Over the past year and a half, there’s been a lot of federal money coming into local governments, and on Wednesday, Nov.17, the City of High Point announced nearly $20 million in new funds through a grant from the US Department of Transportation meant to make walking and biking paths safer and promote economic development in the city.

 The grant is called a Rebuilding American Infrastructure with Sustainability and Equity (RAISE) grant.

According to a Nov. 17 press release from the City of High Point, the money will be used to “enhance equitable access to public investments and community assets, spur transit-oriented economic development, and provide a safe, sustainable, and active route of transportation for walking, bicycling, and micromobility.”

 One part of the large greenway and streetscape enhancement project will involve connecting “lower-income communities of color” in southwest High Point to High Point’s mass transit facilities.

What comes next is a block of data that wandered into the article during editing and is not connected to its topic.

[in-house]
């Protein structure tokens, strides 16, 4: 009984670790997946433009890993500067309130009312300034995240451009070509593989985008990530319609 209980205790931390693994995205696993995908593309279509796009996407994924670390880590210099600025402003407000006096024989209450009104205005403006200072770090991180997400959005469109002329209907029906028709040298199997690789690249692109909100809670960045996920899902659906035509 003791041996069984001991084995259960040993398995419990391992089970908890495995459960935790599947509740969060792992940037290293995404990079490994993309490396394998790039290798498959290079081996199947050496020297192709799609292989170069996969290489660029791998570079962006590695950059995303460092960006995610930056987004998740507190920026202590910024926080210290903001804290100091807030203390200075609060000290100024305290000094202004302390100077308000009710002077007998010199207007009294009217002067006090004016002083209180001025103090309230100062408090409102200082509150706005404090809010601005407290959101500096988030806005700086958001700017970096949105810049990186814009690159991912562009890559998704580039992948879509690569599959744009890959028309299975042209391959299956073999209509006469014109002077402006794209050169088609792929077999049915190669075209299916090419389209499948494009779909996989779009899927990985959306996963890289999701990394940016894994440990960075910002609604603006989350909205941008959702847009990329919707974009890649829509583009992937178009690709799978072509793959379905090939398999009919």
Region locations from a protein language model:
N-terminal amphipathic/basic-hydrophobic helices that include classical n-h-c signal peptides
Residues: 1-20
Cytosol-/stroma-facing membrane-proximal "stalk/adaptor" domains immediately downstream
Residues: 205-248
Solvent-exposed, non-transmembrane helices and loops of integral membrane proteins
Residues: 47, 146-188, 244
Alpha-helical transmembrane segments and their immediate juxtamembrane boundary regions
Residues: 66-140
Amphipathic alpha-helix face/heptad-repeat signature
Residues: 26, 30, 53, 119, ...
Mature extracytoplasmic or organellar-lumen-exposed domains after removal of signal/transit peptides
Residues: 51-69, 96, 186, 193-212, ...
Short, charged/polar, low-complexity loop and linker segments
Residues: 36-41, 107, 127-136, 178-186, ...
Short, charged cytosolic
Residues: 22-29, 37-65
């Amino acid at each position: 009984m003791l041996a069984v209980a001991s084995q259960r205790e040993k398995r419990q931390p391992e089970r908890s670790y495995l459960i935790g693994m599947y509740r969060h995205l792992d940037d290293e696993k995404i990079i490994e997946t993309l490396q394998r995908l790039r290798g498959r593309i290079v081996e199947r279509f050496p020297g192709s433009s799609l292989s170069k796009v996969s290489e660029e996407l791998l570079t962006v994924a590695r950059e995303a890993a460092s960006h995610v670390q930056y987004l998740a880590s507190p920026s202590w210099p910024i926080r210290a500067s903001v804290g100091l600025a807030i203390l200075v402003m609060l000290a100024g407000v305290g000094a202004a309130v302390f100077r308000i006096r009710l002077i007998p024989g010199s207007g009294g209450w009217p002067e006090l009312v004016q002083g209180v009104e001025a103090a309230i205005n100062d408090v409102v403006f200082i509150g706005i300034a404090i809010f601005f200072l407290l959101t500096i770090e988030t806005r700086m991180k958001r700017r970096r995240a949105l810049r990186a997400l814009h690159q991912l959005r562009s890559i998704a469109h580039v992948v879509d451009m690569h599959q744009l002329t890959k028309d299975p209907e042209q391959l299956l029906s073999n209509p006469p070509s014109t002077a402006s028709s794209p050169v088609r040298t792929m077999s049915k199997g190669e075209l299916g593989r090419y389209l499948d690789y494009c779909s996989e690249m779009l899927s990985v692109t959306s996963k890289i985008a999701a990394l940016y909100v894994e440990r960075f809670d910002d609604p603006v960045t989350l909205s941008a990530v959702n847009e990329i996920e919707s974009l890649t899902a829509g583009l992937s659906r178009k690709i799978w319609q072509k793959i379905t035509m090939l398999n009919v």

The project will also enhance access to “essential” service providers like the Wake Forest Baptist Health High Point Medical Center and the High Point Public Library, as well as to new commercial development, and new recreation destinations such as the city’s new $35-million downtown stadium.

The system enhancement will also connect two Title 1 public elementary schools, six public parks, a public recreation center, two large Boys and Girls Clubs and 12 historic mills.

The work won’t all be done at once.  Instead, the city has planned three stages of implementation.

 Southwest Heritage Greenway – a shared-use path that connects downtown train terminals to community parks, schools, residential and redeveloping areas is one part of the project. There are also plans for a North Elm Street Streetscape –  which will create a “Complete Street” from Commerce Drive to Sunset Drive.”

High Point city officials point out that US Senators Richard Burr and Thom Tillis and US. Representative Kathy Manning were key in helping the city get the grant.

In addition, the city’s partnerships with the NC Department of Transportation (NCDOT) and the Southwest Renewal Foundation were critical. 

The project requires matching funds from the City of High Point of roughly $7 million, as well as  $200,000 in matching funds from the NCDOT. The Southwest Renewal Foundation has committed $900,000 to the project.